25. Love your writings, you have the great ability to put into words how we feel, a talent I do not have. Glad I took the time a little while back to respond to your cowboy comment because that is how I became a FB friend, I really enjoy your blogs, keep up the good work. I am now off to my favorite place – my barn- nothing like the sound of my long ear telling me he is ready for his breakfast.

    • Thanks Kim, and I’m glad we chatted back and forth as well. We are all so much more alike than different…I think that is the biggest thing I learn, years later. And I’m out to my donkey too, another thing that’s universal! Thanks for the kind comment.

  26. Wow.. reading this blog and the comments has put tears in my eyes..We ARE out there.. all of us 60 plus women continuing in our quest to care for our equine friends.

    I was helping a 21 year old friend do an endurance ride last year. Most of the riders were 60+, amazingly fit, energetic, enthusiastic and down right amazing. It encouraged me to believe we can continue…they do need to work on recruiting some younger members I reminded them. 🙂

    Some people I find, plan their lives all the way to death. Selling their homes when it’s “time” to quit taking care of the yard, moving to Florida when it’s “time”. I watched my parents do that. When my mom quit golfing, her one true passion, because it was “time”, it was very sad. When my dad quit, he died soon after. How many old farmers can I count that died when they were “retired” into town away from their animals and only life they knew? many included my grandfather.

    I will plug along like you until life circumstances force me to change. My 21 year old boarder is in my will and is being groomed to take over this life. It’s the one thing I would recommend to think about that you didn’t mention. It’s important to have back ups when so many depend on us.
    Thank you for writing this.. I am posting and passing it along as so many don’t understand me.

  27. Amen! I have been telling people lately that ask me why I am not showing or competing anymore, that I am in a different place, I no longer have an agenda – a movement to perfect. I can honestly say that I am happier and at peace more often on my horse now than I ever was and I am sure he is too! When will I grow out of this phase….I hope never. I am 61 and don’t ever see a day that I will not have a horse in my life…I may not be riding but I will have horses. I will be that woman on her death bed that has the horse visit her before she crosses the bridge!
    I really enjoy your blog and cross post it often, hope that is okay!

    • I am always sad when people who train with positive methods don’t show, but for me, my show budget is spent on retired horses, so I can’t practice what I preach. Sometimes I think the skills that got me to upper level riding, are the skills I use most advocating for horses… so it goes. Life is a trail ride. Thanks for your comment.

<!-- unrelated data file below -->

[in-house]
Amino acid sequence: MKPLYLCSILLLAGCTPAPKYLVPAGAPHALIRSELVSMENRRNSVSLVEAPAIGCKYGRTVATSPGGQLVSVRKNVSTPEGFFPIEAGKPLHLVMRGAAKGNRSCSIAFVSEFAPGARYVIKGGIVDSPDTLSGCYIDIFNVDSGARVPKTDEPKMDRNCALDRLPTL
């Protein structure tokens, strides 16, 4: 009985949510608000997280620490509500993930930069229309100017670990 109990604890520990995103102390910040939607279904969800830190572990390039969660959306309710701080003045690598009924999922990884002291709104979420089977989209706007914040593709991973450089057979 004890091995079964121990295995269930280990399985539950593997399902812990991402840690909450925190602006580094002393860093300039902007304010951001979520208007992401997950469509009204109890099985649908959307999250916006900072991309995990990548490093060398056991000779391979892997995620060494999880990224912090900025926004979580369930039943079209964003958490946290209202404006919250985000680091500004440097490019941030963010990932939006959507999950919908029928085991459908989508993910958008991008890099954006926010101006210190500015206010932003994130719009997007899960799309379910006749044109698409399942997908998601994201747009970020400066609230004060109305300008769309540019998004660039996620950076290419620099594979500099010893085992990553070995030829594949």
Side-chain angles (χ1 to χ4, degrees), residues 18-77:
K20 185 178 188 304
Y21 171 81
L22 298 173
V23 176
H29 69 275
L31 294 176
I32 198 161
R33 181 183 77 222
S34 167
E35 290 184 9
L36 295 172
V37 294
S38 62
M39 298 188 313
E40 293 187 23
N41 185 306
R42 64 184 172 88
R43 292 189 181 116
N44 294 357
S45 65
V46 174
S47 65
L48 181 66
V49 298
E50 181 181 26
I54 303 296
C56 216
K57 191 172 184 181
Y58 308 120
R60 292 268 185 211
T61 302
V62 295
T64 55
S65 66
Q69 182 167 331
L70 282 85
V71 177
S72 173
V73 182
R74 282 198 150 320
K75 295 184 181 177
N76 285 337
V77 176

28. I am another one of those of ‘a certain age’ (65) but have been in this ‘horse phase’ since I was 5 yrs old. Just ask my sister who had to put up with my toy plastic horses and full equipted farms. My dream of owning my own horse didn’t become reality until last year at age 64 after I started taking riding lessons (part of my early retirement agenda) and my husband decided I ‘needed’ my own horse to practice on between lessons. I have been at the boarding barn every day since; my 19yr old gelding has sooo much to teach me LOL I will never outgrow this phase I’m in…I will just adjust my participation as age and health dictate – both his and mine ^_^ Thank you Anna for speaking so elegantly for us ‘of a certain age’ ^_*

  29. My good friend is 90 years old. Still riding occasionally, on good days. She gave up riding in a saddle a couple of years ago when she couldn’t swing her leg over the cantle. She’s my hero. 10 years ago she and a dozen other women built a large show barn together. Most of us were 50 and over, but some a bit younger. Shortly after the big barn was up and running, we encouraged her to move her last horses over there in the shadow of her suffering several falls on the ice. She would still have them in her yard if she could. We don’t give up until we have to. Yes, mucking in the evening sun has a calming effect on me. Serenity may be a good description. Who would choose to give that up? Horse passion isn’t a virus, it’s a way of life. We don’t get over it. In the words of Ralph Waldo Emerson, “Riding a horse is not a gentle hobby, to be picked up and laid down like a game of solitaire. It is a grand passion. It seizes a person whole and once it has done so, he/she will have to accept that his life will be radically changed.”

    • One of my ALL TIME favorite quotes, we never quit. The barn sounds wonderful, and that’s how we do it. We stick together! Thanks Susie. (Your horses are beautiful, the photos lovely.)

  30. I love this, and it gets to a very basic truth, which is that for some of us, a life without horses in it is no life at all.